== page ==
Temple of the Dog (1991)

It was March of 1990 and Andrew Wood had just passed away. The charismatic frontman of Mother Love Bone (“MLB”), who was on the verge of releasing their highly anticipated debut album, lost his battle to heroin. He was 24 years old.

Whereas most Seattle frontmen depicted themselves as shying away from the spotlight, Andrew Wood actively embraced it. He dressed for the stage and had that larger-than-life personality. He resembled the ’80s rockstar and his singing sounded like a cross between Axl Rose and Robert Plant. Musically, Mother Love Bone, seemed like a successor to Guns N’ Roses and glam metal bands. However, the discerning listener could detect the makings of the Seattle “grunge” sound in the dynamism of the music.

See the source image
Andrew Wood from Mother Love Bone

I was never a fan of Mother Love Bone – at the time I began listening to ’90s “grunge”, my favorite of the Seattle bands was Nirvana. MLB didn’t meet my teenage criteria – it was too glam and ’80s mainstream sounding. To my ears, Mother Love Bone seemed like one of the bands that grunge came along to end. They were popular though and like many bands (some of whom made it big), they were deemed the next big thing.

Unfortunately, it all came to a quick end and they disbanded (although they did release that debut album eventually). What the world got instead was an inspiring album from Chris Cornell and the former members of MLB in the image of Temple of the Dog and of course, the beginnings of Pearl Jam. Temple of the Dog would go on to release their self-titled album just a few months before Pearl Jam’s first record.

This self-titled record is accordingly a tribute to Andy Wood but it’s also an exploration of a softer, melodic sound which didn’t sound like either Soundgarden or MLB or a combination of them. Temple of the Dog is in its own world – reflective, soul-searching, and beautiful. It was a way for some friends to get together and create music in order to cope with the devastating loss of their friend.

See the source image
Temple of the Dog, Self-Titled (1991)

With “Say Hello 2 Heaven”, Cornell regrets what could have been and wails in anguish for the friend he’s lost. The other clear tribute to Wood is the second track, “Reach Down”. There’s notable gospel influences in this one and and it celebrates Wood and his musical talent which touched his friends and fans. There’s some great tracks on this album but the most popular and the one that shines the most for me is “Hunger Strike”.

It’s a mesmerizing track from beginning to end and has plenty of depth – musically and lyrically. There’s a melancholia that envelops the song but there’s also hope that shines through. The song seems a little political with the narrator speaking about taking from the more fortunate but having issues taking from those who have very little to give. There’s a suggestion that people will always take from anyone who has anything to give.  These givers will even put their own “blood on the table” and “mouths are choking” because they are overfilled with the things they can feast upon. It’s about protesting against taking and taking and not giving even though your “cup’s already overfilled”.

In the end, “Hunger Strike” speaks to me about how the less fortunate will always give no matter if they’re handing off their last piece of bread. It’s just how it works – it’s because they know what it is to have nothing that they appreciate every little bit they earn. This resonates strongly with me because I grew up quite humbly. As a child, it was a huge thing to even get new shoes, an event that happened about once a year. I remember walking to school with holes in them because I knew my parents couldn’t afford another pair. And now that I’m older and am relatively well off, I feel so grateful for every little bit I get that it’s so intuitive for me to help someone who has less.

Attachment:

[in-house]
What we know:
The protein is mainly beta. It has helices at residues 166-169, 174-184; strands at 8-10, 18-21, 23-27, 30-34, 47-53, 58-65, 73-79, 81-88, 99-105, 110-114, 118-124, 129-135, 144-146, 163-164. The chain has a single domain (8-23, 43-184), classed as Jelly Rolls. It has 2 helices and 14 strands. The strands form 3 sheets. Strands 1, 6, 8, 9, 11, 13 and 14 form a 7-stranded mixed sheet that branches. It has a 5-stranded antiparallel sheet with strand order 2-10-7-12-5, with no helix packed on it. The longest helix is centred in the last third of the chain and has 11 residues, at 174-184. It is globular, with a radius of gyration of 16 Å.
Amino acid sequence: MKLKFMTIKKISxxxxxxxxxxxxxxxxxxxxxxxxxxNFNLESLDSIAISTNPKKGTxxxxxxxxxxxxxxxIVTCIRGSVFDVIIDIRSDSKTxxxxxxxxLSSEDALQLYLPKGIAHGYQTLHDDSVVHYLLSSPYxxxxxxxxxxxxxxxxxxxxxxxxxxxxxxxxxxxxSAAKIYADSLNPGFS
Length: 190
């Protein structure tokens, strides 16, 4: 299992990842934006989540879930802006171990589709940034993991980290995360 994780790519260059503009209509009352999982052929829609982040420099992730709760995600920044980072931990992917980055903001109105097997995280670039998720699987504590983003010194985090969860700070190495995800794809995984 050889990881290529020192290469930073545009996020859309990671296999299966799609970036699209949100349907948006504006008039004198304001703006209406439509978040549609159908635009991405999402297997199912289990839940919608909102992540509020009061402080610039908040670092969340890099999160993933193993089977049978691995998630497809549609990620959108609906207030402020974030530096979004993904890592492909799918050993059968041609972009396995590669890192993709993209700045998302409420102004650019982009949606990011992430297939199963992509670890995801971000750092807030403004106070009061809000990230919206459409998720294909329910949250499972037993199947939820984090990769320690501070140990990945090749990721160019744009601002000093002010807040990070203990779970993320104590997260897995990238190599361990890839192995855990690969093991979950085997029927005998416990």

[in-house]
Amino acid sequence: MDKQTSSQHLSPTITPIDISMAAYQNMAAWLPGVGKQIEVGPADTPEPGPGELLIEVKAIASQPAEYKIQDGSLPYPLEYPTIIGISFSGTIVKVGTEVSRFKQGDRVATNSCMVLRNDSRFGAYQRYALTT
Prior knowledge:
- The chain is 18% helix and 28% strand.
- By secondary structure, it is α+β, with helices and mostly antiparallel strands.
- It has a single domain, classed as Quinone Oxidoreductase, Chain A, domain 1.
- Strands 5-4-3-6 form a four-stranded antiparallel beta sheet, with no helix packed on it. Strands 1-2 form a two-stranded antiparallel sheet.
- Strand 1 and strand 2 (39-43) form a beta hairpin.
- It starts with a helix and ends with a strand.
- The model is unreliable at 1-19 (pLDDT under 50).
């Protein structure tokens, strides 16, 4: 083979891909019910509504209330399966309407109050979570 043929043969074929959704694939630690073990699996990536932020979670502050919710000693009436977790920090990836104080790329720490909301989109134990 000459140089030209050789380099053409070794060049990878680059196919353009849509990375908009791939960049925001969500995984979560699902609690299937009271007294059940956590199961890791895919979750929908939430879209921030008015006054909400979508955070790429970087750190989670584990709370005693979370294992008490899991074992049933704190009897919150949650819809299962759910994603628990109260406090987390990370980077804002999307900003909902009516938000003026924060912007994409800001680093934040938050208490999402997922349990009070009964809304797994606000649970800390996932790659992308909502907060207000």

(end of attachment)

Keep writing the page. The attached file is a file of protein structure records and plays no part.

I love this album and I guess I’ve brought some Thanksgiving themes in here – I blame this cup of apple cider and the beautiful leaves I see softly falling outside my window. I find this album reflective and uplifting and when I need a break from the hard rockers, this is a gem I love returning to.

4 thoughts on “Temple of the Dog (1991)

  1. Really nice write up for one of every grunge fans favourite records. I love that Temple album. I did love MLB though. I didn’t really recognise Grunge until I saw Pearl Jam live. I was still into my metal, punk and indie bands. I couldn’t really hear a difference between Soundgarden and Sabbath or Mudhoney and Motorhead until Singles spelled it out to me.

    Liked by 1 person

  2. I wasn’t aware of the connections between Mother Love Bone, Temple Of The Dog and Pearl Jam, so thanks for filling some gaps in my musical knowledge! I’m checking out some of the songs now – Andrew Wood was a talent sadly lost to the world. At least Chris Cornell left us with a substantial legacy and ‘Temple Of The Dog’ sounds great…My favourite of his is the first Audioslave album – ‘Show Me How To Live’ is one of the best rock tracks ever! (such desperation and pain in his voice and it doesn’t half rock…)

    Liked by 1 person

    1. It’s such a loss to lose any artist! Chris Cornell left us with a wealth of music. I was in LA a week after he passed and decided to visit his resting place. It was filled to the brim with flowers, notes, cards, and candles. It’s clear he was well loved and his music touched so many.

      Like

Leave a Reply

Fill in your details below or click an icon to log in:

WordPress.com Logo

You are commenting using your WordPress.com account. Log Out /  Change )

Google photo

You are commenting using your Google account. Log Out /  Change )

Twitter picture

You are commenting using your Twitter account. Log Out /  Change )

Facebook photo

You are commenting using your Facebook account. Log Out /  Change )

Connecting to %s